Exclusives On Super Sale! Save up to 50% | Details Here.


Give a Cheer
Give cheer Give a Cheer

Pammy's layout inspired me...It's such a 'touchy-feely' page, but it's all true. And I guess that as a part of my story, it needed to be scrapped.

Journalling is:

There are days when I wake up and know that it's coming. It's something that transcends all other feelings -
it doesn't matter whether the day is good or bad, what I have planned, or who I'm with. It's a nagging voice in my
mind, and a sick feeling in my chest. Fear is a companion, and an uninvited guest in my life.
I had my first panic attack when I was eleven years old, following a church youth group discussion on the end of
the world. They say that eleven is a young age to start fighting panic. I agree. But anxiety does not discriminate.
You never forget your first attack. Mine came that night, in the bed. Thoughts of the discussion were predominant in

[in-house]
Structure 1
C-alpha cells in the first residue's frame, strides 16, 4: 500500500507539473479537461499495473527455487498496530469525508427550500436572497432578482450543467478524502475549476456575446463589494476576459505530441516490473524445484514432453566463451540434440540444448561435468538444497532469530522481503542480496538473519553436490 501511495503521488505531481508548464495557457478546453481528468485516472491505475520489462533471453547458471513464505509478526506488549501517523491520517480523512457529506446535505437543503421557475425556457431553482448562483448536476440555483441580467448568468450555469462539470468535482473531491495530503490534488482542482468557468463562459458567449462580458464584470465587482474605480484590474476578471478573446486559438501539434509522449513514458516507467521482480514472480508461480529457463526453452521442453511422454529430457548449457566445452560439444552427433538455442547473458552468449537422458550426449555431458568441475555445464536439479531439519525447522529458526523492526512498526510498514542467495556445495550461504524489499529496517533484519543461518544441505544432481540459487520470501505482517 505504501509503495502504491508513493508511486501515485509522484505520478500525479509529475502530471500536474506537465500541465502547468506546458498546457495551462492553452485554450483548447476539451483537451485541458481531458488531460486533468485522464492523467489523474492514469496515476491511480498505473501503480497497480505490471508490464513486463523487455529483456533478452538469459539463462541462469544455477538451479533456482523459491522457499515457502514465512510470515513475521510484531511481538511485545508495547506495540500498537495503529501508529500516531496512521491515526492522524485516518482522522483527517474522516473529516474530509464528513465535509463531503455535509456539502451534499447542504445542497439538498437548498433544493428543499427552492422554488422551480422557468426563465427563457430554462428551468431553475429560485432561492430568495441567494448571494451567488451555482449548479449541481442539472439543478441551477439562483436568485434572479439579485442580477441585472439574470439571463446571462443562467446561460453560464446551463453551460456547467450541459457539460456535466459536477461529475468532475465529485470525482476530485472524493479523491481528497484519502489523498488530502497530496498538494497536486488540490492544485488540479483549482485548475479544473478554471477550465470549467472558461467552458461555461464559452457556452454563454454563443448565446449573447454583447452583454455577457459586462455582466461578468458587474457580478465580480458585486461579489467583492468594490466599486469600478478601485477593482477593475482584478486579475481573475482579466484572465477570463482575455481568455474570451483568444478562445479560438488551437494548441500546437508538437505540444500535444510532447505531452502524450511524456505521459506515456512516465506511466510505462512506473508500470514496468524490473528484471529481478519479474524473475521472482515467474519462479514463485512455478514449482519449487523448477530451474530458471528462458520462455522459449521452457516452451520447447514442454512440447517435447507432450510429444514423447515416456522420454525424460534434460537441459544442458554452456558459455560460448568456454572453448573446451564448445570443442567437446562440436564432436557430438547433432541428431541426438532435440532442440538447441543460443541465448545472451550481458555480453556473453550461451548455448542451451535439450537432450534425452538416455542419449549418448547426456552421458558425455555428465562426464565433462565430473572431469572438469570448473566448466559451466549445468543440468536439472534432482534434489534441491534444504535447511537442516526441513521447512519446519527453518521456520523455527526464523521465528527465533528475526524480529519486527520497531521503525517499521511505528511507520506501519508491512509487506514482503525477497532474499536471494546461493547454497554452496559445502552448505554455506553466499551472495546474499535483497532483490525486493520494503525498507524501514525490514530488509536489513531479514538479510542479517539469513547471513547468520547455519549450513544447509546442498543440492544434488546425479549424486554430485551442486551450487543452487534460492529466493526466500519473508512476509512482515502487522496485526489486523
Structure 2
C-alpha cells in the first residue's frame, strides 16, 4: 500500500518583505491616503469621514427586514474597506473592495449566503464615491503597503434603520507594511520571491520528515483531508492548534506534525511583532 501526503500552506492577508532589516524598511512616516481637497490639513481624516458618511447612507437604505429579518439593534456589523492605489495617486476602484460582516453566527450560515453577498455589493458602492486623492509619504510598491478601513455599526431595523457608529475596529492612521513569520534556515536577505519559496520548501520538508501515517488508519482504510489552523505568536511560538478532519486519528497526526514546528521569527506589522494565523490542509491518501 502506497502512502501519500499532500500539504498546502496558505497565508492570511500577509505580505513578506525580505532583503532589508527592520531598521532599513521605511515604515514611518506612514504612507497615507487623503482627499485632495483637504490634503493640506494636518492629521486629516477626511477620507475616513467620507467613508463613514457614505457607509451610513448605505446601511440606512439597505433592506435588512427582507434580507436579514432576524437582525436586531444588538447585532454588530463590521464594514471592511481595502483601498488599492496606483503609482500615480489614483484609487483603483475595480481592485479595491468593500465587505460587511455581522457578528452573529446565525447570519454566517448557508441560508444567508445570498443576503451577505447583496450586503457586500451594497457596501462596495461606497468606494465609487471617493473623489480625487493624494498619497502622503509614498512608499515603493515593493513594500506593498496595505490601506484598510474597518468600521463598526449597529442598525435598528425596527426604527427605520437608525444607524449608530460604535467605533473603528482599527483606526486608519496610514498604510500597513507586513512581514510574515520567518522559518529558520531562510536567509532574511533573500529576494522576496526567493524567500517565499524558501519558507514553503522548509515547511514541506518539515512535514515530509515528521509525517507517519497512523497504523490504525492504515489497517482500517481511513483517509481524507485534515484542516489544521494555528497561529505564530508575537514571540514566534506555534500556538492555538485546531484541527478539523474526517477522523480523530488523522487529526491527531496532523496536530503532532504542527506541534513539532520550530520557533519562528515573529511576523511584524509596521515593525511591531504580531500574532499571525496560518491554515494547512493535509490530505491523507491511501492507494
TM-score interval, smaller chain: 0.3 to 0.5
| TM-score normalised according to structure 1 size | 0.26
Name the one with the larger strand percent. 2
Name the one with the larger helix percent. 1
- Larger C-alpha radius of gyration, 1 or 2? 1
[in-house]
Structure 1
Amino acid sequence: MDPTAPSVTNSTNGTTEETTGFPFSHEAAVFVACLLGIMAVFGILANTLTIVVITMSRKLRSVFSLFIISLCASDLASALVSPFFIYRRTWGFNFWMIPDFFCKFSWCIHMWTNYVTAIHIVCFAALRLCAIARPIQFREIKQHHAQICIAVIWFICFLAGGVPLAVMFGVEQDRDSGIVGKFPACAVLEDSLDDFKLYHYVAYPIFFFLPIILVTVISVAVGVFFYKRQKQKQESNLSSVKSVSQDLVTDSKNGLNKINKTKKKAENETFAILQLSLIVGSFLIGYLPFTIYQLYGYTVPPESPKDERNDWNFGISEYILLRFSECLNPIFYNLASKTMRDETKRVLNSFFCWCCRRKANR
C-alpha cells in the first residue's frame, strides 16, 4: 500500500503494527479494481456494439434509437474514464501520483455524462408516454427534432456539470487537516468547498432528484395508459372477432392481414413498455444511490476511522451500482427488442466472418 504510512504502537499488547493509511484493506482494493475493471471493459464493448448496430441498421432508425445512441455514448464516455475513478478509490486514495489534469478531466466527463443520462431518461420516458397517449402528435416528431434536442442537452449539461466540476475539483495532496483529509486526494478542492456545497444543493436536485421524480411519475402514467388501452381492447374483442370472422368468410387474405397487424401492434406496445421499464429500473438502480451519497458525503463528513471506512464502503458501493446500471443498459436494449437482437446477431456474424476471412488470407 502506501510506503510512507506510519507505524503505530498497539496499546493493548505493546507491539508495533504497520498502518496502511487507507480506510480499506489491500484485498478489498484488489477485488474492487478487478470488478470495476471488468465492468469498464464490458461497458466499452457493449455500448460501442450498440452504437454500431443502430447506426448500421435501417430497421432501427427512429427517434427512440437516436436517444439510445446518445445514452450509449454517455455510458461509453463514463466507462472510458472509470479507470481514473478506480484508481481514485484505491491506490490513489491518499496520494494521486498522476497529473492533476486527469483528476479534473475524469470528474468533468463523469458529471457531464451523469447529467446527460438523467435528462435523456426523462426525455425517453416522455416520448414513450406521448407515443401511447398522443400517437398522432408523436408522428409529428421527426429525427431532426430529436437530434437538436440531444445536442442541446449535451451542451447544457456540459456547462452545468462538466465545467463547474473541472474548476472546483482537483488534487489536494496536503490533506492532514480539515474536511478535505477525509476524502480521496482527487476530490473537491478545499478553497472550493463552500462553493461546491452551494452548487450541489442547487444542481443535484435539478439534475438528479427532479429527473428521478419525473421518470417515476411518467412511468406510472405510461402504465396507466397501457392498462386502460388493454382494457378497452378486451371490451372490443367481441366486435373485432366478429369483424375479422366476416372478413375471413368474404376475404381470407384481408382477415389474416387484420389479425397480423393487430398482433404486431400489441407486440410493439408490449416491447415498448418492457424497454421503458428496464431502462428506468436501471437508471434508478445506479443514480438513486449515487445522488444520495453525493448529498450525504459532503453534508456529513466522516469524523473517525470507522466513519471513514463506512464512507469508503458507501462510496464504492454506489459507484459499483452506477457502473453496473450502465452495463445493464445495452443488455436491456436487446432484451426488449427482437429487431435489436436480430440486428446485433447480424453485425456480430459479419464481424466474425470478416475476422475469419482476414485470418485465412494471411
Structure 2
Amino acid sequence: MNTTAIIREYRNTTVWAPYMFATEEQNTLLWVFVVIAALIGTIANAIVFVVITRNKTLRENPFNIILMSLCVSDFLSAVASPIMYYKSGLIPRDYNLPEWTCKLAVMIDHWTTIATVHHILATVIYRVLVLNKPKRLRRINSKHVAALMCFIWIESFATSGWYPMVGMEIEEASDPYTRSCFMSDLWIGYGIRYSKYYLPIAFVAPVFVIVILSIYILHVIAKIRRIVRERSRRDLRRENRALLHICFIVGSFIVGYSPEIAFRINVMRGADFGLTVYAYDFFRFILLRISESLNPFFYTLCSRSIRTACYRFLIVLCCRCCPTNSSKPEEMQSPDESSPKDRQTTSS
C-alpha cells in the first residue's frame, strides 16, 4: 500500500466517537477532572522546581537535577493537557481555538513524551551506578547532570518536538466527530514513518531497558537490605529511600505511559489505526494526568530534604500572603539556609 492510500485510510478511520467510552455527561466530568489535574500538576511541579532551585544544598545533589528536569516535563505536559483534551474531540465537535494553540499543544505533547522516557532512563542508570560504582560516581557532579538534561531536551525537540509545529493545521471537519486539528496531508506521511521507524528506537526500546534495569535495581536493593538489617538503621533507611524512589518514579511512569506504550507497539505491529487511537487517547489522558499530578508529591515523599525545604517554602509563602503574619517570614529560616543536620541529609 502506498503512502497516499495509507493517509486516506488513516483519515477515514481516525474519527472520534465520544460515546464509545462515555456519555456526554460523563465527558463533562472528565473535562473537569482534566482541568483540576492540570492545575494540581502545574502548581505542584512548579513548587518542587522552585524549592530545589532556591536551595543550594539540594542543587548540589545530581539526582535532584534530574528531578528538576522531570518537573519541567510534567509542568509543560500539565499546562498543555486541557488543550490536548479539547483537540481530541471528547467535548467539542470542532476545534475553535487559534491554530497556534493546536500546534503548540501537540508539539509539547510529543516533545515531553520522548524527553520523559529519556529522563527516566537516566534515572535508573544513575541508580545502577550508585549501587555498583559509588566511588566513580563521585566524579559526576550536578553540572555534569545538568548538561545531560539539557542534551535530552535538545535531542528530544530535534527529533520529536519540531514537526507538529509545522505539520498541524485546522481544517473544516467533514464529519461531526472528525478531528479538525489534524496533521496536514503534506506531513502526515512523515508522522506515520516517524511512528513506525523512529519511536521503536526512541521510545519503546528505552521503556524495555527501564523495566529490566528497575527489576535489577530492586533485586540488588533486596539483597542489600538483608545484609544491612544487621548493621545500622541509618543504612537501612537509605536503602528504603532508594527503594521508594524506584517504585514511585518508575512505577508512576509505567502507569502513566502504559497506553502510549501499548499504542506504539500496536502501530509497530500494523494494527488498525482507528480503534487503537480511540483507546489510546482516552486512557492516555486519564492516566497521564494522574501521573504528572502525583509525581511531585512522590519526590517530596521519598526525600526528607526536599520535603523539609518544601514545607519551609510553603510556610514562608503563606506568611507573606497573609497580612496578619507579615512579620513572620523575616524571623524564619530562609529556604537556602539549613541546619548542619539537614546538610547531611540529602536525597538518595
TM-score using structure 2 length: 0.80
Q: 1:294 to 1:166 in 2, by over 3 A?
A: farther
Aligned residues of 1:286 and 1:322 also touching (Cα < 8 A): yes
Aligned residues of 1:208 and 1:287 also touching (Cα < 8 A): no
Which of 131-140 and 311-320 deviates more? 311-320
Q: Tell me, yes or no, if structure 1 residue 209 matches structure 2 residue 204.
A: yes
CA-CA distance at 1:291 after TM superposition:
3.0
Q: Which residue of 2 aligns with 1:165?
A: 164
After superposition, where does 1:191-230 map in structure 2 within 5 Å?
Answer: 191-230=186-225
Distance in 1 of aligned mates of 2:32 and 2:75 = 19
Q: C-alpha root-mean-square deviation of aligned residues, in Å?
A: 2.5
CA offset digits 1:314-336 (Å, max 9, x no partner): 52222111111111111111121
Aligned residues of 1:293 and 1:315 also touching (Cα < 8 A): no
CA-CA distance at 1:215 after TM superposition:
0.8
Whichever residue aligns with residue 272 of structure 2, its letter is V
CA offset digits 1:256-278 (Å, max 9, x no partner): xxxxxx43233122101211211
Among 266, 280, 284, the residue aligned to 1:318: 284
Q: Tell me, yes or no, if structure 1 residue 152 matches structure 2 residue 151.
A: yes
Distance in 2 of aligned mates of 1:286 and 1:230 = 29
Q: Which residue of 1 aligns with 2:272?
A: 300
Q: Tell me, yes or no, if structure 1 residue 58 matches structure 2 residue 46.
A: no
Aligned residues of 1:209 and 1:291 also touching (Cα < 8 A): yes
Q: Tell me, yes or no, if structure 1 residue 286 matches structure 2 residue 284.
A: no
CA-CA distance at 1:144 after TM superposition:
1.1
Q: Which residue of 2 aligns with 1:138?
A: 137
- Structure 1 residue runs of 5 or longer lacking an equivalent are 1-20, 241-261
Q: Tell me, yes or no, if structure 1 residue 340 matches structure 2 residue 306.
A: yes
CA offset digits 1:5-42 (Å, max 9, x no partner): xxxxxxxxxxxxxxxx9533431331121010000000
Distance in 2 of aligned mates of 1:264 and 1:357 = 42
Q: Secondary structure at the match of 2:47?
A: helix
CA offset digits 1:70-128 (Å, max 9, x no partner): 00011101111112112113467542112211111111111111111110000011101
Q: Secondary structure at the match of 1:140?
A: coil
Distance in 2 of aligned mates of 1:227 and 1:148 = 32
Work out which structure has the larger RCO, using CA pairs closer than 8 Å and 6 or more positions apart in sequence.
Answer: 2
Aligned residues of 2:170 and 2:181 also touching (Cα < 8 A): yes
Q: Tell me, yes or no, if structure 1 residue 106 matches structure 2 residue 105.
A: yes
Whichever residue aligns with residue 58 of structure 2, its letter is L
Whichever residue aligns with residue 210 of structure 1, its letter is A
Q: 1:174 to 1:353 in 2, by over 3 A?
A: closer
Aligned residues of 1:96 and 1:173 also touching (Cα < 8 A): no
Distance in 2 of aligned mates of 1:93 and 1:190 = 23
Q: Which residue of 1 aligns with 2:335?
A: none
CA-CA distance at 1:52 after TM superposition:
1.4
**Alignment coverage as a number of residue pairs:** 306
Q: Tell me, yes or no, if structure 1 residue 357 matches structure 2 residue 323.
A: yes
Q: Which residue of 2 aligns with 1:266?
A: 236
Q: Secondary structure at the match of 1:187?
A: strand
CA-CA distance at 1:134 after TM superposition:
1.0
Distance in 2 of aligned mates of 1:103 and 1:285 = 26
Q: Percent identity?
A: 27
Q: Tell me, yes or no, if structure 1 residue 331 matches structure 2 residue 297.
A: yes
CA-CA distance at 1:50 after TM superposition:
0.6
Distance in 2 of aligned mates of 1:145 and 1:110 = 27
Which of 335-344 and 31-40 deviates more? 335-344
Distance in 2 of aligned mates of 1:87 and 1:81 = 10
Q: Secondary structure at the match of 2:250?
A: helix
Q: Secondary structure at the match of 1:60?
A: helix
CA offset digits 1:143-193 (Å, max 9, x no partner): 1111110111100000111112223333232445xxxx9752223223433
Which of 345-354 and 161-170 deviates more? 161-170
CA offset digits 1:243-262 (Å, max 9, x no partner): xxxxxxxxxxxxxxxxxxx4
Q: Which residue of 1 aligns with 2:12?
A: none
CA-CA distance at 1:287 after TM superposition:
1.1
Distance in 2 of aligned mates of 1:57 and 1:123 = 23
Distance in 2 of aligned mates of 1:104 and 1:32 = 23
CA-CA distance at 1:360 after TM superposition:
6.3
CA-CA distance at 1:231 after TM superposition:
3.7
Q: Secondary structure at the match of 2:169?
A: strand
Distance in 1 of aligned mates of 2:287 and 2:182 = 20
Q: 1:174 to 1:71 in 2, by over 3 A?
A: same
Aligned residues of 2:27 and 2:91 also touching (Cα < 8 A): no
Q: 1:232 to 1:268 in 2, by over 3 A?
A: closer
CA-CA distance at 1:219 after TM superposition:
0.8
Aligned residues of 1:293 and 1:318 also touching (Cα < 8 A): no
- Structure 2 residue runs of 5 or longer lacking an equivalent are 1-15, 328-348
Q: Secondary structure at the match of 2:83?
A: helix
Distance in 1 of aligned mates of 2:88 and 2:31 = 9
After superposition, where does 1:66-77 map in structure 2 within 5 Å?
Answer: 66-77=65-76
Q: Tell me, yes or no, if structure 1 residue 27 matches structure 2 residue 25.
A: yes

my mind, and suddenly, it was like my body rebelled against me. My heart started racing, and I felt like my chest
would explode. My whole body shook, and I couldn't get enough air into my lungs to feel like I was actually breathing.
Nothing seemed real, like it was all some dream. I felt, not only like the end of the world was coming right then,
but like I was losing my mind. It was an unimaginable terror. And it was a frequent event, from then on. I've often
wondered whether or not things would be different had I not gone to the youth group meeting. But almost six years
later, I've come to realize that that was only the catalyst. There is more to panic disorder than that. It's
something that comes from inside me.
At that point in my life, I was still very young. I didn't know what panic attacks were. And initially, it was only